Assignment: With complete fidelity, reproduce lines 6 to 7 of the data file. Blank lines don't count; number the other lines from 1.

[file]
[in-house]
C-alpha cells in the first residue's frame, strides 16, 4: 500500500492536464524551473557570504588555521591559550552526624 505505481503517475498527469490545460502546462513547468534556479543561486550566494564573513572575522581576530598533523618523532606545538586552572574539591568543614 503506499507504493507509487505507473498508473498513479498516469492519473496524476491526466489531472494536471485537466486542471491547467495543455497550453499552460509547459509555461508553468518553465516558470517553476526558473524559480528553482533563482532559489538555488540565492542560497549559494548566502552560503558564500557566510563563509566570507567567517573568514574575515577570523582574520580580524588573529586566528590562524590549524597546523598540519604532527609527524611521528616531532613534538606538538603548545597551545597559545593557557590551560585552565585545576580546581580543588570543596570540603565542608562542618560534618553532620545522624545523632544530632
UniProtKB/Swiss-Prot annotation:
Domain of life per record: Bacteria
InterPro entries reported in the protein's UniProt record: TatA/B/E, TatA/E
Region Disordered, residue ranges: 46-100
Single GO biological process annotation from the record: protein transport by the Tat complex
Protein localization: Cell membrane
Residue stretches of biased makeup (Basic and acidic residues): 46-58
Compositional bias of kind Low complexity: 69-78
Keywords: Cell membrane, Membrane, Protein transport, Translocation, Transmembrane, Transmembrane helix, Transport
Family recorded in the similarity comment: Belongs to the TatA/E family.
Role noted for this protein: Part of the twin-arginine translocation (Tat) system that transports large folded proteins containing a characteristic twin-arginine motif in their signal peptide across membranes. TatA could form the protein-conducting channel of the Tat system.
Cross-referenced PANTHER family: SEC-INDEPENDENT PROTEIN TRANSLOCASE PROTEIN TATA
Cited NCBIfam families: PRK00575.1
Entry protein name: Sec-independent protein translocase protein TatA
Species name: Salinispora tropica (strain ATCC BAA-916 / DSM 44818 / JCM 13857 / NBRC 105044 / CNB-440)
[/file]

Region Disordered, residue ranges: 46-100
Single GO biological process annotation from the record: protein transport by the Tat complex